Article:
FMS 6 October 2018

xxxx wrote:

xxxx wrote:

Halcyon wrote:

xxxx wrote:

3-0 then. Anyone out there favour a Hybrid DSG over the ICE vRS DSG version?

The plug-in hybrid might be significantly more economical, depending on the local taxation and legislation. In my home country (Finland) for example, the CO2 based tax on a petrol vRS is about 9000 € (added to purchase price) and for a plug-in hybrid this tax would be about 2000 €. So, even if the hybrid has a couple grand higher tax-free price, the overall price will be a lot cheaper. For example, all Volvo T8 models (hybrid, 400 hp) are cheaper to buy than T6 models (petrol, 320 hp). The choice is easy, of course we take the model that has more power and is cheaper to buy AND we also save in fuel and yearly car tax. Plus, if ICE cars are one day banned from city centers, we can still drive there when you are forced to park your ICE vRS outside the city and use the bus :-)

Summa summarum, I counted that the situation is 5-3 for the hybrid.

Emm not to sure on tax rules in Finland.  But if it wasn't for tax reasons in Finland would you spend £2,000 extra on a Hybrid?

Also people talk of a ban on petrol in Cities but I reckon a change in tax laws is way more likely when the tax man cottons on people/companies make the choice for tax reasons not environmental (especially a performance cars) 

Not sure where you got the 5-3, there haven't even been 8 replies

Anyway if it was your own cash (discount varying taxes) would you spend £2,000 extra and have the Hybrid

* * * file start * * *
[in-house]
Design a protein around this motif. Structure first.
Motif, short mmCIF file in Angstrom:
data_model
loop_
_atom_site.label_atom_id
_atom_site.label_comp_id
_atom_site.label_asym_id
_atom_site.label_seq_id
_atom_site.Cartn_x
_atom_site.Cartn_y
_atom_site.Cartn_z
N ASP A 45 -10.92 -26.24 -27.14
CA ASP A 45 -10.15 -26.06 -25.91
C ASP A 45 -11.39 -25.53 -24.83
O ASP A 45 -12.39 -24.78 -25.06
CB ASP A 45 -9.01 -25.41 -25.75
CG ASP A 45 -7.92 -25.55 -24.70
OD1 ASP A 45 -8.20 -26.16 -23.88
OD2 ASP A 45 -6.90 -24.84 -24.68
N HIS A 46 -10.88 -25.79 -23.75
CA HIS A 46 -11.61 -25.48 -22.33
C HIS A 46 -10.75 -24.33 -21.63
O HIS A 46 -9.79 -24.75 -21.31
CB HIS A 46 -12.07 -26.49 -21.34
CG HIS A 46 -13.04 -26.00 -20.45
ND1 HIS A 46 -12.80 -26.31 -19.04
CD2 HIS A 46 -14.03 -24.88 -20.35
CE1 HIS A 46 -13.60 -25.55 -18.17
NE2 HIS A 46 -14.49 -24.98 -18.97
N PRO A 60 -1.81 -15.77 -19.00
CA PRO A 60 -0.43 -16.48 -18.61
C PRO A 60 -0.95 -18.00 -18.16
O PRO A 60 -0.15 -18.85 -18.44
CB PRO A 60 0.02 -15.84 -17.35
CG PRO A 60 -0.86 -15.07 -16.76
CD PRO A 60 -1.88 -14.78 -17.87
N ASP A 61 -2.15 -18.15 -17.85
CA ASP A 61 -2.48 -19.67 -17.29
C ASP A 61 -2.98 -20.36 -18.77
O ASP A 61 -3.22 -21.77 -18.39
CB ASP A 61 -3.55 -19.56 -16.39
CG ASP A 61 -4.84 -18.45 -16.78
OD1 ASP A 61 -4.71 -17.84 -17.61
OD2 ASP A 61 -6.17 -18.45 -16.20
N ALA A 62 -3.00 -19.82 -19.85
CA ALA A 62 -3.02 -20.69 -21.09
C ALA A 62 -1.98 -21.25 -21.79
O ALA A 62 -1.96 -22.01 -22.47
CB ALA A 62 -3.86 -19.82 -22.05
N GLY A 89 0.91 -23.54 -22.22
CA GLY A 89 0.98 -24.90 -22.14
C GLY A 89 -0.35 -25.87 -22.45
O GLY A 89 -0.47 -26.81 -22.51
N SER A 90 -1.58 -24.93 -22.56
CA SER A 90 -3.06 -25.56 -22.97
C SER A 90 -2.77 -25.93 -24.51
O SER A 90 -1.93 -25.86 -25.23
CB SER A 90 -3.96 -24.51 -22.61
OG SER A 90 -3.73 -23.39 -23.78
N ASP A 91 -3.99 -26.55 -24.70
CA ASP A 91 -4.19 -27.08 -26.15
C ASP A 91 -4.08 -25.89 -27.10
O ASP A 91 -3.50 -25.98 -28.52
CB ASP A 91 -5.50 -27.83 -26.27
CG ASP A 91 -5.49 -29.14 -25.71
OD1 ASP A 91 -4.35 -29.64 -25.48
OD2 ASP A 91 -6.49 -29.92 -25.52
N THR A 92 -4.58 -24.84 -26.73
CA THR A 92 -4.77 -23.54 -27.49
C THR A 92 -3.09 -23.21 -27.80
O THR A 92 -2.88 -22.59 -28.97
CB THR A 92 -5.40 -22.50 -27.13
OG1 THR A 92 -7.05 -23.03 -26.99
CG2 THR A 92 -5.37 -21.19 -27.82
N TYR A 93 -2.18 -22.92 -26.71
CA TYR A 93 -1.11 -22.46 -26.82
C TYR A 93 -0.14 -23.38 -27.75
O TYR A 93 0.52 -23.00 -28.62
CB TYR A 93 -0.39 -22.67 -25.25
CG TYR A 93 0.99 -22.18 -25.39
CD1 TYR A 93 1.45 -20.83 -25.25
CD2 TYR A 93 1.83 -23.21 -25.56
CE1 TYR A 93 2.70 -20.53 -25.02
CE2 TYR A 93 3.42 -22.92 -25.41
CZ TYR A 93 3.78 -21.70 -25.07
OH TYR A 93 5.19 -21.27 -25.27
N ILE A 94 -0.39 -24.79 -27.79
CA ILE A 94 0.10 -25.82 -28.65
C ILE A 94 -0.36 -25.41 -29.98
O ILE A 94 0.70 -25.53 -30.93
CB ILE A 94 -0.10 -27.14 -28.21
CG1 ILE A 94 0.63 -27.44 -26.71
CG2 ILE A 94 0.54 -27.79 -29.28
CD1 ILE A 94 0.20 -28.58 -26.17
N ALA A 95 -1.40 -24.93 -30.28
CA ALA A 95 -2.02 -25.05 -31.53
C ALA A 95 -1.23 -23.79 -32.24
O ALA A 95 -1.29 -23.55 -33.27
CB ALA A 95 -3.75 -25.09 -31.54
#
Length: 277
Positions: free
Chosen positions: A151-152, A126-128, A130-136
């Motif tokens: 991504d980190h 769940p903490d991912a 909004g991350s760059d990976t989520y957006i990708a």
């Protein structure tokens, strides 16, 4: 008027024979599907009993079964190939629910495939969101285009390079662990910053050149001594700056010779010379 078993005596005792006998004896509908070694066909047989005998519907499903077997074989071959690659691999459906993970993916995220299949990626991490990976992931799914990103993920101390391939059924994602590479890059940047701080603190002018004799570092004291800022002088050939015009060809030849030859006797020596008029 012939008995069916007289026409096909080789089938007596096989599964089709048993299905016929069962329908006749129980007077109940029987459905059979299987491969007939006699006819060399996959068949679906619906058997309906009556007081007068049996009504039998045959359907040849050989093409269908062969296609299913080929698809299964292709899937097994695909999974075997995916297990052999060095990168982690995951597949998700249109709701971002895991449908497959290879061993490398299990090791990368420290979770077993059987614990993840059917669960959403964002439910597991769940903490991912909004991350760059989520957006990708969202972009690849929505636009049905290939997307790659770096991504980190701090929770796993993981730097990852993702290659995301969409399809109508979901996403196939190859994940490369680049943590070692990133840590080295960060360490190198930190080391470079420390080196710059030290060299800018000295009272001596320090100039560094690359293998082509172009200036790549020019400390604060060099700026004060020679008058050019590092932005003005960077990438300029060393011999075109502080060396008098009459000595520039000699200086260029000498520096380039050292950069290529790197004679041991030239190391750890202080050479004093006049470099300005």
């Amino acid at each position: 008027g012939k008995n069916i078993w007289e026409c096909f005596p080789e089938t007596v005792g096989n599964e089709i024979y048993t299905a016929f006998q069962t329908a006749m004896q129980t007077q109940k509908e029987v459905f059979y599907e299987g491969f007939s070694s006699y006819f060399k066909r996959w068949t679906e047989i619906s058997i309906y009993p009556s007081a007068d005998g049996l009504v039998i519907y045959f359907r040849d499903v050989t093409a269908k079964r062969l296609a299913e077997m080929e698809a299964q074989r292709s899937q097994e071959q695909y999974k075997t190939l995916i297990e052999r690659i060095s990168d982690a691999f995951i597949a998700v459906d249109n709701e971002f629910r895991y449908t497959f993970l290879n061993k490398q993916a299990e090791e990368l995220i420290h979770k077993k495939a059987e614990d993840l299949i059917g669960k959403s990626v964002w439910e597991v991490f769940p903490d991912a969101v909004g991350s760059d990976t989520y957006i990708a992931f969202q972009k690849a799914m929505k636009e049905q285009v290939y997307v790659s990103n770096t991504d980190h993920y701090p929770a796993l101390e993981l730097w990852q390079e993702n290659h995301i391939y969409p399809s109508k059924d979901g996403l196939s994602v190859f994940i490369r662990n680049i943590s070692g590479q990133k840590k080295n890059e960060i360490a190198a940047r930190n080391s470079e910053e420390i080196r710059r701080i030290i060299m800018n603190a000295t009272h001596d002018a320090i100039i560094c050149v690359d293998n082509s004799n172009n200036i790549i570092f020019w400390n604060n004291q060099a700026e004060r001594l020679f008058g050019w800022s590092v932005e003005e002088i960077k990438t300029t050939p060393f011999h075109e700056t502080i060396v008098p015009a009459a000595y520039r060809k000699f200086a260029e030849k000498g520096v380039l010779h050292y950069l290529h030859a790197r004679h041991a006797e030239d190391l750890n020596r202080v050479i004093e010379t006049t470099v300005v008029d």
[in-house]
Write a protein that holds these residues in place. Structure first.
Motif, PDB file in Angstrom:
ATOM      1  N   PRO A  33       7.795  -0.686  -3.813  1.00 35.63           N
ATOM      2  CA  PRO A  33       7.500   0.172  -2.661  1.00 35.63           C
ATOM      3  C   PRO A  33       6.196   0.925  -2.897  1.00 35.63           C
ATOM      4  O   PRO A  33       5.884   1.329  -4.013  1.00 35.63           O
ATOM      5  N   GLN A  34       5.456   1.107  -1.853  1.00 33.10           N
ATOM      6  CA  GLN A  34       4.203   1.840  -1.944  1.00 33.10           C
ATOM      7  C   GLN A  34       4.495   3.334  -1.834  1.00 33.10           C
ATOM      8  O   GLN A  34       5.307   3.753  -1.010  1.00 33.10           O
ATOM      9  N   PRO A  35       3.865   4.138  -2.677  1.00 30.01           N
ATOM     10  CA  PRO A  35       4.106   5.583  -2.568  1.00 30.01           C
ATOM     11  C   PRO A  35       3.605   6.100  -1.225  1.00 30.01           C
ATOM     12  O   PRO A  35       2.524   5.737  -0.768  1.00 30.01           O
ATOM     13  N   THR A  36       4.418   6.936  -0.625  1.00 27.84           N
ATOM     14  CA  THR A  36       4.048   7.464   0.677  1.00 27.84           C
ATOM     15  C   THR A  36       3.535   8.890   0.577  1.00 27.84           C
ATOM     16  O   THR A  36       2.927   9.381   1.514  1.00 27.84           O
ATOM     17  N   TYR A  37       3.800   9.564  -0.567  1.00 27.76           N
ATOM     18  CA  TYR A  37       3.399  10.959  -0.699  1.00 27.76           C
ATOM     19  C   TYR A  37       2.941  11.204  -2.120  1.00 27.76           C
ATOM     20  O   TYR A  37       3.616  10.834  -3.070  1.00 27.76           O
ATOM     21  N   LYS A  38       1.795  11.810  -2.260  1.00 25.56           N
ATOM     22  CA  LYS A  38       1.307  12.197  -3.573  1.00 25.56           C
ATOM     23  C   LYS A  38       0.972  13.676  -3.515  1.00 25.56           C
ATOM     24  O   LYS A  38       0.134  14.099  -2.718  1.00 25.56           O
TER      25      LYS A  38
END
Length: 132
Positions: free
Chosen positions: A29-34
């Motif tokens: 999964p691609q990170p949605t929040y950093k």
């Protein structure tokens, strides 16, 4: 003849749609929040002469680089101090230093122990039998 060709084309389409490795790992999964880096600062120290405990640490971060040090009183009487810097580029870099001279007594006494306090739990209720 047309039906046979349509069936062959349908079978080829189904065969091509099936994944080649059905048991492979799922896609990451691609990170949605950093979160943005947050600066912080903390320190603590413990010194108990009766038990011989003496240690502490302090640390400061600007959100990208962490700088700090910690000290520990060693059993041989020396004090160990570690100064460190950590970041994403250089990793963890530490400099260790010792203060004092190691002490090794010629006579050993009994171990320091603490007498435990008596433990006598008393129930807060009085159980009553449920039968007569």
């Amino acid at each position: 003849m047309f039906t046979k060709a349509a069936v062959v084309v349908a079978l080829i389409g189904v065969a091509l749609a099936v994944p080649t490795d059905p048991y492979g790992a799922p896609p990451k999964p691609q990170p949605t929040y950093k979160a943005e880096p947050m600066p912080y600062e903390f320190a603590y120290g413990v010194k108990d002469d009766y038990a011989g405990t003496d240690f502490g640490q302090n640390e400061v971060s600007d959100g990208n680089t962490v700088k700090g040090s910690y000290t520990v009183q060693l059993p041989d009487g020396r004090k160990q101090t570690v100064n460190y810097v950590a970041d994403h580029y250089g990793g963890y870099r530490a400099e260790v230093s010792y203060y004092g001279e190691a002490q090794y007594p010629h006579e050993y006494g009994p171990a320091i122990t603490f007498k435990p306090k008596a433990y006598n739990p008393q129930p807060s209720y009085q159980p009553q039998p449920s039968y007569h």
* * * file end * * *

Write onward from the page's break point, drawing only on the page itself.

Emmm, what are you sure about?...your continuing unemployment, must be a priority for you. TwIT

Halcyon 8 October 2018

xxxx wrote:

xxxx wrote:

But if it wasn't for tax reasons in Finland would you spend £2,000 extra on a Hybrid?

Maybe, maybe not. I could probably save the difference in fuel, but there could be some expensive repairs due to the complicated technology. Can't say for sure which I would chose in this case, but if the taxation is factored in, I would definitely go for the hybrid. This shows that this kind of taxation works; it steers people to buy more environmental friendly cars and that's why goverments will continue building even more progressive CO2 based taxes (unfortunately)

xxxx wrote:

Not sure where you got the 5-3, there haven't even been 8 replies

Sorry, we counted this differently. I counted pros and cons for the hybrid

pros

+ Cheaper purchase price (due to taxation)

+ More power (the Volvo example)

+ Better fuel efficiency

+ Lower yearly car tax

+ immune to city center ICE bans

cons

- More technology (more parts that can break)

- More weight (inferior driving dynamics)

- No manual (issue for some people)